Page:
What is the purpose of pre-load on springs?
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  1. #1
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    Default What is the purpose of pre-load on springs?

    On another thread I'm grappling with setting ride heights and stiffening suspensions on an R12.

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    As many know there are monster springs packed into a fairly small space in the front of these cars. Why not go with shorter stiffer springs. I suspect its something to do with allowing longer more progressive travel but its a bit of a dark art for me.

    P
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    1000+ Posts schlitzaugen's Avatar
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    Nah, it's just a way they found of using a smaller elasticity constant (F=-Kx where k is your constant, x is travel and F is the force deflecting the spring by amount x) to give a smoother rather than harsh ride whilst keeping the car fairly high off the ground and allowing for some loading at the same time.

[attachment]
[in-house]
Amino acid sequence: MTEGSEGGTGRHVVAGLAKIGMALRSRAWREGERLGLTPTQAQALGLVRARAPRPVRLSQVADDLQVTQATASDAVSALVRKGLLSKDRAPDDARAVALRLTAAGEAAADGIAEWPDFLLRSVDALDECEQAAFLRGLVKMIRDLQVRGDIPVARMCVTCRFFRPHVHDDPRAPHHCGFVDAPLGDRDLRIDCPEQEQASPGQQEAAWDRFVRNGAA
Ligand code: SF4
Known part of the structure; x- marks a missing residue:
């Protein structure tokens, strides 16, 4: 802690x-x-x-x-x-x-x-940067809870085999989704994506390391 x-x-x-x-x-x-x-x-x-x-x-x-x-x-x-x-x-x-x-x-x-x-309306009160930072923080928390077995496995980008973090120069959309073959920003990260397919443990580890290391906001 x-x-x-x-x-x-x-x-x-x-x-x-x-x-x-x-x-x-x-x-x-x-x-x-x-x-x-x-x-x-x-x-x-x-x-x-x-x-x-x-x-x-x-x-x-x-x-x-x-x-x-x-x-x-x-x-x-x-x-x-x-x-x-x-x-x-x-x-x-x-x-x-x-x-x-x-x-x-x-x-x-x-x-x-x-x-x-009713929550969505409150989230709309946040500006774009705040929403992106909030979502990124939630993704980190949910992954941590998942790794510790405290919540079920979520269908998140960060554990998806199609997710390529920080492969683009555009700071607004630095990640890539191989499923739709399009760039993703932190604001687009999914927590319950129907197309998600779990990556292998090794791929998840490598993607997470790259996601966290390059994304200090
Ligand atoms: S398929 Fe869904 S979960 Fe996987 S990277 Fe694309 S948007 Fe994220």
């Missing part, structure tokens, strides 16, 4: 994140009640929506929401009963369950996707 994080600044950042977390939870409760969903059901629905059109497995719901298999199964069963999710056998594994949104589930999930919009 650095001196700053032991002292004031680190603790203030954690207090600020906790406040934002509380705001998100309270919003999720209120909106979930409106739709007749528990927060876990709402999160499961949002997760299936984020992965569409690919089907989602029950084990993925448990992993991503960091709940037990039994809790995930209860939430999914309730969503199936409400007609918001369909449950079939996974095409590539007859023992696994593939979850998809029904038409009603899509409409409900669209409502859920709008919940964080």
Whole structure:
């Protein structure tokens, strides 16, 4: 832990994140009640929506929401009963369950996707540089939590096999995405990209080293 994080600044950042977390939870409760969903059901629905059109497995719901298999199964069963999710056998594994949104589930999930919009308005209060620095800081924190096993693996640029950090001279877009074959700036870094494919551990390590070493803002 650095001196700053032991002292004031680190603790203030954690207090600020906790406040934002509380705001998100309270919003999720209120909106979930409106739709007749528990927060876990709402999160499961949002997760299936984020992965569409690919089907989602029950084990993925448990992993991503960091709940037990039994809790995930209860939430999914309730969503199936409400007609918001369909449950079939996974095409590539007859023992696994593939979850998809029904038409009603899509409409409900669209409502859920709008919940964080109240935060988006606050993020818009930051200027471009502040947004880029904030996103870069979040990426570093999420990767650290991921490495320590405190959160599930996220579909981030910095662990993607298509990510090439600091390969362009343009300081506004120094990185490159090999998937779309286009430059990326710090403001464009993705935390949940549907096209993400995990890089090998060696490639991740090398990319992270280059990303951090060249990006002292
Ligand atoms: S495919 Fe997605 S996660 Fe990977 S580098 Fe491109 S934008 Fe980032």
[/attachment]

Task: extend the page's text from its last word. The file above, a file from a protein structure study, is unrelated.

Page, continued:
These springs will compress more under a load that might not cause any deflection of the suspension in a car with stiffer springs (at similar preload and extent). Of course, the more load, the more compression. The huge preload these springs are given means they would take a air bit of load before they compress any further though.
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    Default Preload

    Quote Originally Posted by Exfrogger View Post
    On another thread I'm grappling with setting ride heights and stiffening suspensions on an R12.

    As many know there are monster springs packed into a fairly small space in the front of these cars. Why not go with shorter stiffer springs. I suspect its something to do with allowing longer more progressive travel but its a bit of a dark art for me.

    P
    Hi
    Springs can be a bit hard to get your head around. They can be short and stiff or long and soft. That's the manufacturers choice. As well, the spring does not always act out at the wheel. As in the 12 the spring acts only part way along a lever suspension arm, so the spring has to be stronger, by the length ratios, to apply the required force at the wheel.